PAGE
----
Also, for a movie about Thanksgiving Day, FREE BIRDS fails at conveying a message of thankfulness. Instead of being thankful for what we have and for what God has provided for us and our country past and present,*** the children seeing this movie might demand a vegetarian replacement of the traditional turkey meal. FREE BIRDS had many opportunities to teach positive lessons of gratitude, but it never did.
For primarily this reason, Free Birds “merits a caution for susceptible children” – those whose capacity to care about the suffering and deaths of others hasn’t been entirely deadened. The film is dangerous, in other words, in that children might be led to question the bogus Christian justifications for killing our fellow animals, see them sympathetically, and wish not to eat them. They might be inspired to act as moral agents who want to avoid causing suffering. How un-Christian.

I haven’t seen the movie, but I’m almost tempted to recommend it on the basis of this possibility alone. So much of our culture is dedicated to indoctrinating people to subdue or ignore their sympathy with other animals and to rationalize exploitation and killing. A work that has the potential to activate sympathy and encourage children to stand up for those who suffer and are killed has to have something worthwhile about it.

* I’ll resist the obvious pun.

** Calling the humans’ attempts to kill the birds “light slapstick…violence” is pretty much what I’d expect, as was the inability to appreciate any other violence (which appears in the trailer itself).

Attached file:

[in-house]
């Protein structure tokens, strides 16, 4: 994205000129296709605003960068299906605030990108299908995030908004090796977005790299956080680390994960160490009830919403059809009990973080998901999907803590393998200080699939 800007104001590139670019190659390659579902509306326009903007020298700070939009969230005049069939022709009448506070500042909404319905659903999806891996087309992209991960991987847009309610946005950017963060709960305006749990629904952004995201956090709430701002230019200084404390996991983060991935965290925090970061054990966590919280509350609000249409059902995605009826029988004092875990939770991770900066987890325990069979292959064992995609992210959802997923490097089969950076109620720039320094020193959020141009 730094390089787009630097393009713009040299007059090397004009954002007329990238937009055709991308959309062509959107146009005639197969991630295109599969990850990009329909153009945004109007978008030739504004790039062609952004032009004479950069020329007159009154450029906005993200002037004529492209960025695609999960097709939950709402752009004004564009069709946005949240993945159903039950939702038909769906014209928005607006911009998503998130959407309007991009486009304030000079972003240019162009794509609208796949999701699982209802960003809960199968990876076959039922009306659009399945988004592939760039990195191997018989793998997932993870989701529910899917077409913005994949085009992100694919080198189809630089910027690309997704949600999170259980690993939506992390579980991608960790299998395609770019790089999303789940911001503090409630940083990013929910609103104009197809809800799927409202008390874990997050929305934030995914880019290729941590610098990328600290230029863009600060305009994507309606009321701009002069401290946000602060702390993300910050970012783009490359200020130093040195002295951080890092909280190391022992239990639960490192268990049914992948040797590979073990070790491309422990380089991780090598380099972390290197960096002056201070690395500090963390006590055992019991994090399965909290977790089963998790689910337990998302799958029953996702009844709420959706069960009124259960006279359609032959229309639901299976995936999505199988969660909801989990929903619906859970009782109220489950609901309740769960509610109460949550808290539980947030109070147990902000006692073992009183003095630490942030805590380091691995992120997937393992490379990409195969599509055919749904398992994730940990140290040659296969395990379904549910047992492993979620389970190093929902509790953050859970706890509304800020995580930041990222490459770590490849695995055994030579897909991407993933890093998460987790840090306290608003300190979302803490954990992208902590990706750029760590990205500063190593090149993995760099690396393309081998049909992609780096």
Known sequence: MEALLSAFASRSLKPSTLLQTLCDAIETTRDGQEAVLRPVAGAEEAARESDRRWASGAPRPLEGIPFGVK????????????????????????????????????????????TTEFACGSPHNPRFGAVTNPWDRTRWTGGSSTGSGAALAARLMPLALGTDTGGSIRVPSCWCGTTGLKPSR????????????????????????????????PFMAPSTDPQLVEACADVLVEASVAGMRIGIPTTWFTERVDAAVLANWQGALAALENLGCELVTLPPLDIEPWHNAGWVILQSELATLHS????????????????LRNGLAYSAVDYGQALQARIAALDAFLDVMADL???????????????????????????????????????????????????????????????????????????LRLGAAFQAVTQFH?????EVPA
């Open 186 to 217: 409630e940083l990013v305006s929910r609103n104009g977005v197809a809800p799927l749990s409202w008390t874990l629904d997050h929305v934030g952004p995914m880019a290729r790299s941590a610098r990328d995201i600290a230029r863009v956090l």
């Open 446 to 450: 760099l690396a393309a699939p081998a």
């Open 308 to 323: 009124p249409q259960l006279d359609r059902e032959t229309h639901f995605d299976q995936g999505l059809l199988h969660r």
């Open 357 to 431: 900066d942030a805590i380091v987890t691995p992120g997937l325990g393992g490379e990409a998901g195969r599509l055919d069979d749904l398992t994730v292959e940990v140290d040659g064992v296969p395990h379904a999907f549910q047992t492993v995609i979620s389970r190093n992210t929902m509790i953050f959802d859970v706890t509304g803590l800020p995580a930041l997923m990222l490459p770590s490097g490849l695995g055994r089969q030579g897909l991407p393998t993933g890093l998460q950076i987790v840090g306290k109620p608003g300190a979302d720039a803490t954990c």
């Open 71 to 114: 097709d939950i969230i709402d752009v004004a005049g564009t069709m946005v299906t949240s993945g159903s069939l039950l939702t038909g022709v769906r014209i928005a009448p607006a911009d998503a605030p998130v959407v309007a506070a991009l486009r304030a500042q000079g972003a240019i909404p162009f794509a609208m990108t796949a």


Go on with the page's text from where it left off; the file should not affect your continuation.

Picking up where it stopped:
*** Incidentally, MOVIEGUIDE also awards the Kairos Prize for Spiritually Uplifting Screenplays (“The primary purpose of the prize is to further the influence of moral and spiritual values within the film and television industries. Seeking to promote a spiritually uplifting, redemptive worldview, the Kairos Prize was founded to inspire first-time and beginning screenwriters to produce compelling, entertaining, spiritually uplifting scripts that result in a greater increase in either man’s love or understanding of God”); the Epiphany Prizes for Inspiring Movies & TV (“for those popular, entertaining movies and television programs which are wholesome, uplifting, inspirational, redemptive, and moral…to encourage filmmakers and television producers to create movies and television shows that help increase man’s understanding and love of God”); and the Chronos Prizes for Inspiring Screenplays by Established Filmmakers (“designed to help established filmmakers who have made successful faith-friendly and faith-based movies and television programs and screenplays. It intends to reward successful established filmmakers who endeavor to create stories that are compelling, entertaining, inspiring, spiritually uplifting, and increase man’s love or understanding of God”).

These awards are all funded by the Templeton Foundation, who also think gratitude should be instilled in the masses, along with other important character traits.